What Documents to Keep, Store, or Shred: A Quick and Easy List
With all the different technology available to hackers, identity theft is not a simple threat to protect yourself from. It is incredibly easy for someone to gain important and “secure” information, whether it be via online accounts or simply scanning through your garbage.
Because of this, it is important to be vigilant in how you store and secure your own personal documents. In order to eliminate confusion, here is a simple and quick guide on when to use paper shredding services, when to keep, and when to store different documents.
Keep these documents secure in a home safe, or a safety deposit box. These are items you will rarely need, so they do not necessarily need to be stored in your home.
- Loan agreements
- Divorce papers
- Citizenship certificates
- Paperwork from any lawsuits you have been in
- Inventory of your household
- Stock/bond certificates
- Living wills
- Vehicle titles
- Adoption paperwork
- Real estate investments and account statements
These documents may be necessary once in a while, whether it is documentation needed by an employer, a doctor, or a lawyer.
- Your birth certificate and social security number. You should keep the original copies within reach at your home and keep copies in your safety deposit box.
- Your passport. A good tip is to never leave on vacation without a duplicate copy of the identity page, as you will then have a way of identifying yourself in a foreign country if need be. If you lose your passport within the U.S., you can use your driver’s license and birth certificate to apply for a new one.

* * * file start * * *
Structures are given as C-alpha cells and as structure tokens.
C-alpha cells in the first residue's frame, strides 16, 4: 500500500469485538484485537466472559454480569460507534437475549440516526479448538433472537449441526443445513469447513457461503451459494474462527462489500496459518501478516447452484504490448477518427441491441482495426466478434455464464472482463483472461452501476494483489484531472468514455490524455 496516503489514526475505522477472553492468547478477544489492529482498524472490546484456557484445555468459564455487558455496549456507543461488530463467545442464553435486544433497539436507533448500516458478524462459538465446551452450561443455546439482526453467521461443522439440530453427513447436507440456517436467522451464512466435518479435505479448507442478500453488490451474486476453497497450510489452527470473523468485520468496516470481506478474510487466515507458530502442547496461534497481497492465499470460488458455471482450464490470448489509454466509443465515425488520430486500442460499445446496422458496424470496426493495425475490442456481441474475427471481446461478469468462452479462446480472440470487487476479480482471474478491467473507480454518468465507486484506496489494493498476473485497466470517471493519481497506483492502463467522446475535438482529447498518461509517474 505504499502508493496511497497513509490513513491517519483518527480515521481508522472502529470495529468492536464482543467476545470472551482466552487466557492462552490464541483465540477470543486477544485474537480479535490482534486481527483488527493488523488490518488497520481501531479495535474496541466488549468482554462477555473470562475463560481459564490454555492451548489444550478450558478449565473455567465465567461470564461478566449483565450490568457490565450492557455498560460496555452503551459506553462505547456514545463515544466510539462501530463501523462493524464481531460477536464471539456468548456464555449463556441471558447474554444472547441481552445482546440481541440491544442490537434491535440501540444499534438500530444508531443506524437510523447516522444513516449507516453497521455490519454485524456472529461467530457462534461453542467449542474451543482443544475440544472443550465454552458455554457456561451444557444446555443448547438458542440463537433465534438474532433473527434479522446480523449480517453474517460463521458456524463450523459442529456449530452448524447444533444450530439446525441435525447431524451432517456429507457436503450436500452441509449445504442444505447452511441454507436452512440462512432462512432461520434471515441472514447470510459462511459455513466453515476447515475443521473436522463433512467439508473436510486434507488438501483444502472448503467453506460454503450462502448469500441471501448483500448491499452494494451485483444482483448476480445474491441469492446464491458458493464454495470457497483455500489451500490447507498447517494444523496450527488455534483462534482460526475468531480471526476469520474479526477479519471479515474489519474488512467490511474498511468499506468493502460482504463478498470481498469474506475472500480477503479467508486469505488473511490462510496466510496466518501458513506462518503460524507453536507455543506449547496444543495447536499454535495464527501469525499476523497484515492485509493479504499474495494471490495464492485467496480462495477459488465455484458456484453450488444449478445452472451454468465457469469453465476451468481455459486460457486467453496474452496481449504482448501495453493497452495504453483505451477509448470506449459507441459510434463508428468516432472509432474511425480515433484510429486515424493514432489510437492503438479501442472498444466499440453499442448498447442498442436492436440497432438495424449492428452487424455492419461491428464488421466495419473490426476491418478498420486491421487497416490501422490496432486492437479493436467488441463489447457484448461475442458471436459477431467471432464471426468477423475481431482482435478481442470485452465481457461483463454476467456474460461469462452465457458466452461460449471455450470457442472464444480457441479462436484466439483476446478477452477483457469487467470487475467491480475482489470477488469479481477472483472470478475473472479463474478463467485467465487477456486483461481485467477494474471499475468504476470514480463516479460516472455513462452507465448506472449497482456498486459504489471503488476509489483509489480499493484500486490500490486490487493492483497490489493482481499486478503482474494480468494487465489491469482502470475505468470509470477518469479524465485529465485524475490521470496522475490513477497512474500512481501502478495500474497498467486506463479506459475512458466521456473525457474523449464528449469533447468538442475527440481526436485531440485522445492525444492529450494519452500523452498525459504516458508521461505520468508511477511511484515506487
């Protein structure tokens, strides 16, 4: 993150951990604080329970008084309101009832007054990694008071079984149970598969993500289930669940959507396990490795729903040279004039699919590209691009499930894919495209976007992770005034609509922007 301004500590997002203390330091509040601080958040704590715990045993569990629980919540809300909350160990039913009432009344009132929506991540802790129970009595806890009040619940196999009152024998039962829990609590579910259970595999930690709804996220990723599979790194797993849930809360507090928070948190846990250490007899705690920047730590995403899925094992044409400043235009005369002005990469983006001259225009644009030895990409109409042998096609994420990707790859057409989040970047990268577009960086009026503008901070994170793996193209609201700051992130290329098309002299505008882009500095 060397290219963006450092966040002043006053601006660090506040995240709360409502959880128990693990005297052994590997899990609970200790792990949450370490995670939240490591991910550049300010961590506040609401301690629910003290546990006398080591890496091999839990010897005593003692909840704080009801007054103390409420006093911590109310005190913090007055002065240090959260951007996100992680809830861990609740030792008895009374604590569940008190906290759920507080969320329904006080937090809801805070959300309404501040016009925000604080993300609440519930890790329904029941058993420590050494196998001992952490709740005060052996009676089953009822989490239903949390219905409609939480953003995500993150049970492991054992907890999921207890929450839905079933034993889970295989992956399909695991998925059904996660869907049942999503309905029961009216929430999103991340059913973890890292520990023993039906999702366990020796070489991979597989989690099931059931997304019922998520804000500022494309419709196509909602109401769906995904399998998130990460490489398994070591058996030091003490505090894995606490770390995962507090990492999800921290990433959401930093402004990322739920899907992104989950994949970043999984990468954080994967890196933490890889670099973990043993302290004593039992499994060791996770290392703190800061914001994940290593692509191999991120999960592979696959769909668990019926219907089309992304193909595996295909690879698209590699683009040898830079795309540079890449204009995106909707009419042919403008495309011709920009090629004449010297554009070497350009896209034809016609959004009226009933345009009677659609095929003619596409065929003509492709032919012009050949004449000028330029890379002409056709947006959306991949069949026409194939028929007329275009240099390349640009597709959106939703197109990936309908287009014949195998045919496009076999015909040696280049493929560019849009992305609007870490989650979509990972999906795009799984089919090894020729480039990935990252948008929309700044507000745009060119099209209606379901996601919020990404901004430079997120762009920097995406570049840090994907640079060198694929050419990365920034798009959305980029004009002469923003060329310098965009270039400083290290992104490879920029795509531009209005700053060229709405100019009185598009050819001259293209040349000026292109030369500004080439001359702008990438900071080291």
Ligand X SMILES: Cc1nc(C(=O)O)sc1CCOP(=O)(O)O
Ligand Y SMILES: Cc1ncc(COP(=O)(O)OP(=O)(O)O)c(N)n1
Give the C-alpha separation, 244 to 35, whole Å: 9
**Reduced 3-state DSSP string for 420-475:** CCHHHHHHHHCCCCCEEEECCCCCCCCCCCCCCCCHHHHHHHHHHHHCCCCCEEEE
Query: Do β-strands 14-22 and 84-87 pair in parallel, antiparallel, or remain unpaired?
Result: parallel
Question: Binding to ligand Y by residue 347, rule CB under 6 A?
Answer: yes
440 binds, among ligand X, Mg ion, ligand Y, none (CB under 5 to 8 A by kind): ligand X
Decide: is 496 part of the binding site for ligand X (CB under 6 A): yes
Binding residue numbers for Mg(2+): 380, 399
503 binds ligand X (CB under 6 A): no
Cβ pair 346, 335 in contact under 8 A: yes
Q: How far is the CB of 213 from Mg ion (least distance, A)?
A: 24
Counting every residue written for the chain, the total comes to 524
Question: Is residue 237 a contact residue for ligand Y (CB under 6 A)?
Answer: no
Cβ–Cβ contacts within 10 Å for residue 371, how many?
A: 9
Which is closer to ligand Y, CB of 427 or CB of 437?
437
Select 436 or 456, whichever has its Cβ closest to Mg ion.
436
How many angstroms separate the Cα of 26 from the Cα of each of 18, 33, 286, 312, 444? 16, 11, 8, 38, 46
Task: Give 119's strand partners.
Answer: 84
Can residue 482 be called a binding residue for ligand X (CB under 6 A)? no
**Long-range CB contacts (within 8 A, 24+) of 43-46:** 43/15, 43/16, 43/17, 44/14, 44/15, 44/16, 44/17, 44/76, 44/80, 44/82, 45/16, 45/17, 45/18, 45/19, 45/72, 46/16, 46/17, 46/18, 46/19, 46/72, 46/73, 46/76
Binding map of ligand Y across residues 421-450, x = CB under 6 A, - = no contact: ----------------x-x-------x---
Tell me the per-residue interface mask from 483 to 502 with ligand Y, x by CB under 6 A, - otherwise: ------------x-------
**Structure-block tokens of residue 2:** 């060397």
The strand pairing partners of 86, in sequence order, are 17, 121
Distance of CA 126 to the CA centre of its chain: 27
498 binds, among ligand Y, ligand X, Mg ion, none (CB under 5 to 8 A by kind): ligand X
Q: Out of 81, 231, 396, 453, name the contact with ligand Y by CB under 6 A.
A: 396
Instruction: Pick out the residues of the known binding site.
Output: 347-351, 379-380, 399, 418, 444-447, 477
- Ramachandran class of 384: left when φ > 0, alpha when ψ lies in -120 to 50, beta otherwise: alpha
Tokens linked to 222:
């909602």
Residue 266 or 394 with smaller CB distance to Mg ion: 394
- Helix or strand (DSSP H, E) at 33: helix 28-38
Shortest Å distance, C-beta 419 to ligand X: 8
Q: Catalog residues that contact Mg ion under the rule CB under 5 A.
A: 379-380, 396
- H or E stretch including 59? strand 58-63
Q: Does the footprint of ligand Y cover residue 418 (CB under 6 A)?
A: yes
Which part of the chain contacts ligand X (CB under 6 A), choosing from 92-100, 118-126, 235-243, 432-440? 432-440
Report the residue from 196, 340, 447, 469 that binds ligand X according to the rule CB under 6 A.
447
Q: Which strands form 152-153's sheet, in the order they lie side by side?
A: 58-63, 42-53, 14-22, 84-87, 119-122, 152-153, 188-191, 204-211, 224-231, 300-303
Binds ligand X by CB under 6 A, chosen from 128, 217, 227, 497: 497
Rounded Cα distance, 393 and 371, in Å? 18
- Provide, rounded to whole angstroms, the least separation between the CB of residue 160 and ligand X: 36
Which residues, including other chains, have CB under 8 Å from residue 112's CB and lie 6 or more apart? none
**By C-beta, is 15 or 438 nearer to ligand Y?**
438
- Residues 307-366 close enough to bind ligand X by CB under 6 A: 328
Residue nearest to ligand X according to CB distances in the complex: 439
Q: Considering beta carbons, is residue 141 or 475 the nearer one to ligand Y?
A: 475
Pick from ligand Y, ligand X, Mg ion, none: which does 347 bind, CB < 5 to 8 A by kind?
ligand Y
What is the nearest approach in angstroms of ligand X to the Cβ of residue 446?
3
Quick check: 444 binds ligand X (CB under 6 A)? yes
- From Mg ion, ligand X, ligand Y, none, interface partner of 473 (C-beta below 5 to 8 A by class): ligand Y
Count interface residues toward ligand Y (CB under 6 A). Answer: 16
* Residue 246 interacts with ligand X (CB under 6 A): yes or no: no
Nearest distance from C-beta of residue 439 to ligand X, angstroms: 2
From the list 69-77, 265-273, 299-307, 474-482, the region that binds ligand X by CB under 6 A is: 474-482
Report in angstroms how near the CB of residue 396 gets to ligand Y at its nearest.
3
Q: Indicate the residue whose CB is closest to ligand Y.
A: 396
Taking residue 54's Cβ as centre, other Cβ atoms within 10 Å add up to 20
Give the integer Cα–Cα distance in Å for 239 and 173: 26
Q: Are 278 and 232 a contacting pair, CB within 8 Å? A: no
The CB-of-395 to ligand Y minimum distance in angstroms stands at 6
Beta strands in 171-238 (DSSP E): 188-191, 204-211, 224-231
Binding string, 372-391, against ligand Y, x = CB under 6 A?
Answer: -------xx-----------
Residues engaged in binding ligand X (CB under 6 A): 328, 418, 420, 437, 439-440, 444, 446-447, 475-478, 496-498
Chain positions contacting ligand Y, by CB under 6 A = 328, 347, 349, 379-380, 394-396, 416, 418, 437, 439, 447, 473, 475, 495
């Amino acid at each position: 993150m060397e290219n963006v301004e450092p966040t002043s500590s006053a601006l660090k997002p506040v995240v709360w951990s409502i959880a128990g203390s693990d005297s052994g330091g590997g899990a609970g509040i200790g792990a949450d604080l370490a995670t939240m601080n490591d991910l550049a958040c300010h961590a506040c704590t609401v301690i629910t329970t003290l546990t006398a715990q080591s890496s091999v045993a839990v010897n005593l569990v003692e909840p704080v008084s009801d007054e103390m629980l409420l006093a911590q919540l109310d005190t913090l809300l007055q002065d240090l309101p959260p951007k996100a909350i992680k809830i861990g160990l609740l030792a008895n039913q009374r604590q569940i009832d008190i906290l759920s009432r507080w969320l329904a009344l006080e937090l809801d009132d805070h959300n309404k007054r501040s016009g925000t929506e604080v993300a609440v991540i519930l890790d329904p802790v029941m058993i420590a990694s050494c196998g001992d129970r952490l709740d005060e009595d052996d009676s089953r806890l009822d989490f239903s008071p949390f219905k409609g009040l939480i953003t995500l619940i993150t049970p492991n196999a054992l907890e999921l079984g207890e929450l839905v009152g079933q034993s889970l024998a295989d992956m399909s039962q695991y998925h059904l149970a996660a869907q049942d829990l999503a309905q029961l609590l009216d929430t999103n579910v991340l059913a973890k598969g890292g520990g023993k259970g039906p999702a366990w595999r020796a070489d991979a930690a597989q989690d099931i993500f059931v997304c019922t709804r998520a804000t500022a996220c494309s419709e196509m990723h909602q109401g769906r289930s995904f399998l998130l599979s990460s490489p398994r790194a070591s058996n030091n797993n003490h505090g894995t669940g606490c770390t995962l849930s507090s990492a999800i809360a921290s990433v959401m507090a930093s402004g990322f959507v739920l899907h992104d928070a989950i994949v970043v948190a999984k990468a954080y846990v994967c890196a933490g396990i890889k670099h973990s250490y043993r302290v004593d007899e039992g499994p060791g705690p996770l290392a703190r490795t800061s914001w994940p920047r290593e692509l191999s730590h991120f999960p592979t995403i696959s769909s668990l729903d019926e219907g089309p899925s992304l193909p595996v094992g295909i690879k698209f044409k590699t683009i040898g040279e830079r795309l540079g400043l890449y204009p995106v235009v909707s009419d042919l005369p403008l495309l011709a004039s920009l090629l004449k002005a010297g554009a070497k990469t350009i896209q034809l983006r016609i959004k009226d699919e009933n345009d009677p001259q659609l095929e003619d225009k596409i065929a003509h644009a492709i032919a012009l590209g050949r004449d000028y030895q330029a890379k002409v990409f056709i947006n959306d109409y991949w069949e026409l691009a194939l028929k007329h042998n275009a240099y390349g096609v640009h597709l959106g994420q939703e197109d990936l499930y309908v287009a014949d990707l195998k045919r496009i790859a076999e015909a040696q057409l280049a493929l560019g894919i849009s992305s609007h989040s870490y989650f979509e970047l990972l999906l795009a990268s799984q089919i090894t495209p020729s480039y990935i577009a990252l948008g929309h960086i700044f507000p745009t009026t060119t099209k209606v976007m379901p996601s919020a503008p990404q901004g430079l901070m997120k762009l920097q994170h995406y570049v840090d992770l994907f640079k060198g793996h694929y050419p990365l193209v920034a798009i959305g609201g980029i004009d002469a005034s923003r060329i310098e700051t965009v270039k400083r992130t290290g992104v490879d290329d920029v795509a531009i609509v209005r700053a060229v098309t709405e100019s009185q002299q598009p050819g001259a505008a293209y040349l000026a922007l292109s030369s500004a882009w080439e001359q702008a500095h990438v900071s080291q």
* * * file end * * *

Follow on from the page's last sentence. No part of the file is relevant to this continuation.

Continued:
- Your credit report for easy reference
- Health records and prescriptions
- Employment contract and benefits statement
Document shredding is needed for paperwork that once held important information, but is either irrelevant or expired. But since these documents hold secure information, it is important you invest in paper shredding so hackers and thieves cannot obtain anything useful.
- Pay stubs. Keep these for one year, and match them to your W2 form before you shred.
- Credit card reports. Shred these after 45 days.
- Tax returns
- Utility and phone bills
- Old credit cards (as soon as they expire)
One thing to keep in mind, if you are choosing to use a paper shredding service, make sure to ensure the documents get shredded right away. This is because documents are the most at risk for an identity breach when they are awaiting disposal.
Don’t risk your security; invest in document destruction today.
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